Warren's dodge on the Medicare for All interchange was quickly noted by Buttigieg, who said she was playing the typical Washington game of "a yes-or-no question that didn't get a yes-or-no answer."
Buttigieg pushed his "Medicare for all who want it" proposal, saying it doesn't kick some 150 million Americans off their private health insurance. "If you prefer to stay on your private plan, you can," he said.
Warren countered that the Indiana mayor was actually proposing "Medicare for all who can afford it." She added, "Medicare for All is the gold standard. It is the way we get coverage for every American family."
Sanders, whose plan Warren has endorsed, interjected, "As somebody who wrote the damn bill, let me be clear."
Sanders said while taxes will go up for many Americans, "the overwhelming majority will save money on their (health-care) bills," and wind up financially ahead overall.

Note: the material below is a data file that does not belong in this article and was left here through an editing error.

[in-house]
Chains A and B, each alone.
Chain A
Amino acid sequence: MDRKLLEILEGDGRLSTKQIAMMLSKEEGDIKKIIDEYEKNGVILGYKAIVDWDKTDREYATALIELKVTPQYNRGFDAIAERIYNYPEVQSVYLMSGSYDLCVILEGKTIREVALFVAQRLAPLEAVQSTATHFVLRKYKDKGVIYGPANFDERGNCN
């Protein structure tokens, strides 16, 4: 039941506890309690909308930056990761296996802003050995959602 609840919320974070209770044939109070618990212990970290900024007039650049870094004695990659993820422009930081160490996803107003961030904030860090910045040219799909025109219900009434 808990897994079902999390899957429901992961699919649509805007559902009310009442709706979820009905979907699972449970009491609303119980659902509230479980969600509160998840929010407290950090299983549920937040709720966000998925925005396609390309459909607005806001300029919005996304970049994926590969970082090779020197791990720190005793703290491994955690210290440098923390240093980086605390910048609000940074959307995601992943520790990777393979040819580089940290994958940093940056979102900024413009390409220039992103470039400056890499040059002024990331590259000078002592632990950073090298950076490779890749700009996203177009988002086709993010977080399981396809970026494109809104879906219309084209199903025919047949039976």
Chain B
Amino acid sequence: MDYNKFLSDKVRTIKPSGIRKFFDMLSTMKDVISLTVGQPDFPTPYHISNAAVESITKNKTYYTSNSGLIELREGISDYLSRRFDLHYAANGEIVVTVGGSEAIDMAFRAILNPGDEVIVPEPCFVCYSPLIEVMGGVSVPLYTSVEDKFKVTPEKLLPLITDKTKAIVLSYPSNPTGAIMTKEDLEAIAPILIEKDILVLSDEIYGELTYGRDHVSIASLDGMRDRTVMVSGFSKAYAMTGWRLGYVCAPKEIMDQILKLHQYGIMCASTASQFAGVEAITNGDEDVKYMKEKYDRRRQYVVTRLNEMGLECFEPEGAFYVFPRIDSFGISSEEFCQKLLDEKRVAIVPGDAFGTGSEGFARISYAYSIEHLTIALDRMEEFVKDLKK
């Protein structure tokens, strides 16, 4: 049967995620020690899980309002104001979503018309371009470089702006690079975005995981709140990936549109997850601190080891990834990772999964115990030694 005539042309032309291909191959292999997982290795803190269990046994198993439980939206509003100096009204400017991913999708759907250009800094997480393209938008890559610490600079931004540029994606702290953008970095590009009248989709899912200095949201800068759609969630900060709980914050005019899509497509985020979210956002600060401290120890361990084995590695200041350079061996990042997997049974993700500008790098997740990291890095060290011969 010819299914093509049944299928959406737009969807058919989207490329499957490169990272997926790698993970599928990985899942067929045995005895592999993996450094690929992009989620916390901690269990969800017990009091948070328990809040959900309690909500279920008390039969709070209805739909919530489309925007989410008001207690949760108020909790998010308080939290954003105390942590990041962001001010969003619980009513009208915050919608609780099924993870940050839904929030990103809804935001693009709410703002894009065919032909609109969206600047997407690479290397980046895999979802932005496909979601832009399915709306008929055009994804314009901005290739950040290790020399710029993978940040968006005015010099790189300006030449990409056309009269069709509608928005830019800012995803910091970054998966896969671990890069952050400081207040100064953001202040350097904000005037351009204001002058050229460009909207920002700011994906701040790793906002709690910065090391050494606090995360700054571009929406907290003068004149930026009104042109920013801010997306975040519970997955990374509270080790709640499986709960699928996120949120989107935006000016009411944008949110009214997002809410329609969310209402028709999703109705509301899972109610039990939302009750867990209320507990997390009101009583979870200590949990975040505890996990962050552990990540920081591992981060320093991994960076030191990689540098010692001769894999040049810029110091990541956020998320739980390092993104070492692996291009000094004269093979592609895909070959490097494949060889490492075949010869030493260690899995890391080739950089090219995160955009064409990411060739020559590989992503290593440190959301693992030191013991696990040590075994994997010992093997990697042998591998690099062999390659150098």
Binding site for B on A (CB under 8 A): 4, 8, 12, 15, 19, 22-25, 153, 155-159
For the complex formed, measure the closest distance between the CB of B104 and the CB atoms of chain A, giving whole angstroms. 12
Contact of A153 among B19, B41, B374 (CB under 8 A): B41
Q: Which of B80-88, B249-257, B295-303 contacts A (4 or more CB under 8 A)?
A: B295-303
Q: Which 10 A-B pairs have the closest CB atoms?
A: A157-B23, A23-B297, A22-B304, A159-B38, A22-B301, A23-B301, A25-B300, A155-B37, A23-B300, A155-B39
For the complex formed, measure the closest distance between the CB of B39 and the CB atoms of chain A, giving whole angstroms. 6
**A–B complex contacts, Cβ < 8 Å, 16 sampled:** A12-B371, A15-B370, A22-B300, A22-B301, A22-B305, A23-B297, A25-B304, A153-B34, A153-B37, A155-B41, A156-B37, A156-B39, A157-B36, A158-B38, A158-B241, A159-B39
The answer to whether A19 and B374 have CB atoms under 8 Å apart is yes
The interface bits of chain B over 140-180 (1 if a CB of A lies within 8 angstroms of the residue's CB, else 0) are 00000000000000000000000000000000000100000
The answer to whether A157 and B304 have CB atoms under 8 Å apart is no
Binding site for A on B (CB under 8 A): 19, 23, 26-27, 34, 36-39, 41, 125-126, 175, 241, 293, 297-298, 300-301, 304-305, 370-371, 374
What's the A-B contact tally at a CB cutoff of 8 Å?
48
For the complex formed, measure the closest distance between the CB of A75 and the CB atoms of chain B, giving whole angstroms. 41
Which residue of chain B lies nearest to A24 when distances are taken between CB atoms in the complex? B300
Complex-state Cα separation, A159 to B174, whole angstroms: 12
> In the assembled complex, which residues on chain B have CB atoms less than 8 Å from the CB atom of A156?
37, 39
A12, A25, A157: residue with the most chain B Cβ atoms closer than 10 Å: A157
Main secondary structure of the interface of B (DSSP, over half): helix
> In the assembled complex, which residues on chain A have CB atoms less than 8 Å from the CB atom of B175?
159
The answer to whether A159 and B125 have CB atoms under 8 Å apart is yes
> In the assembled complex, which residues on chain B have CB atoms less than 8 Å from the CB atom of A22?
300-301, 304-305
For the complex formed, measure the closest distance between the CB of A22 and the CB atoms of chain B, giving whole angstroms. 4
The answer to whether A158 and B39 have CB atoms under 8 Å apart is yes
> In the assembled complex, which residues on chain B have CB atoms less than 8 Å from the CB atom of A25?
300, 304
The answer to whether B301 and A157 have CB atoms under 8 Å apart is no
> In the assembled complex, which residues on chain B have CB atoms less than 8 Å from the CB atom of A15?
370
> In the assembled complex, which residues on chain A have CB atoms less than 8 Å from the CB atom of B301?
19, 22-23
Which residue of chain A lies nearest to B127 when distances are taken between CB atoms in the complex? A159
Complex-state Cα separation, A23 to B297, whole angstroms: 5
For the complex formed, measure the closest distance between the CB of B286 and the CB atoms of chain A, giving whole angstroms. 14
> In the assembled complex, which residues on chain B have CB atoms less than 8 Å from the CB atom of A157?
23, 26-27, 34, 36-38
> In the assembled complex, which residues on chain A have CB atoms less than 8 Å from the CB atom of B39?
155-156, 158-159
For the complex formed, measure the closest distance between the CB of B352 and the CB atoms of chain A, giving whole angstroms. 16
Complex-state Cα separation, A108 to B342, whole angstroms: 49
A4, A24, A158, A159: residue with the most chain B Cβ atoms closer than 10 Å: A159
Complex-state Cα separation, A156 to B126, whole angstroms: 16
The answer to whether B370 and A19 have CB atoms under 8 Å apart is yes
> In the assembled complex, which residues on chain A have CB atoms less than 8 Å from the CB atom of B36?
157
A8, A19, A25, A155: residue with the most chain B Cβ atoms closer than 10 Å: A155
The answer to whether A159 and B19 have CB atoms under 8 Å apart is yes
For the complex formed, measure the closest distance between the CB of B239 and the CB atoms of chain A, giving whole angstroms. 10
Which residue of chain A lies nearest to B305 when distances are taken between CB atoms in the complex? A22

When asked if she would accept Sanders' explanation of taxes going up but most people saving money, Warren again declined to answer directly.
That brought a rejoinder from Minnesota Sen. Amy Klobuchar: "At least Bernie's being honest here in saying how he's paying for it."
Warren is neglecting to tell Americans "where we're going to send the invoice" for Medicare for All, Klobuchar said. She advocated her plan to give consumers a public option where they could sign onto a government insurance plan or keep their private plan.
Instead, Kobuchar told Warren, "You are making Republican talking points right here in this room. ... The difference between a plan and a pipe dream is something you can actually get done."
Biden said the plans by Warren and Sanders are "going to cost over $30 trillion in 10 years." And many Americans will not enjoy a net decrease in costs, as Warren and Sanders maintain, Biden said.
Many had predicted an especially vigorous debate Tuesday night as leading contenders in the middle of the platform — Biden, Warren and Sanders — try to gain ground over their main competitors for the nomination. But rhetorical bombast came from the fringe of the stage as well during the event, moderated by CNN's Anderson Cooper and Erin Burnett and The New York Times' Marc Lacey.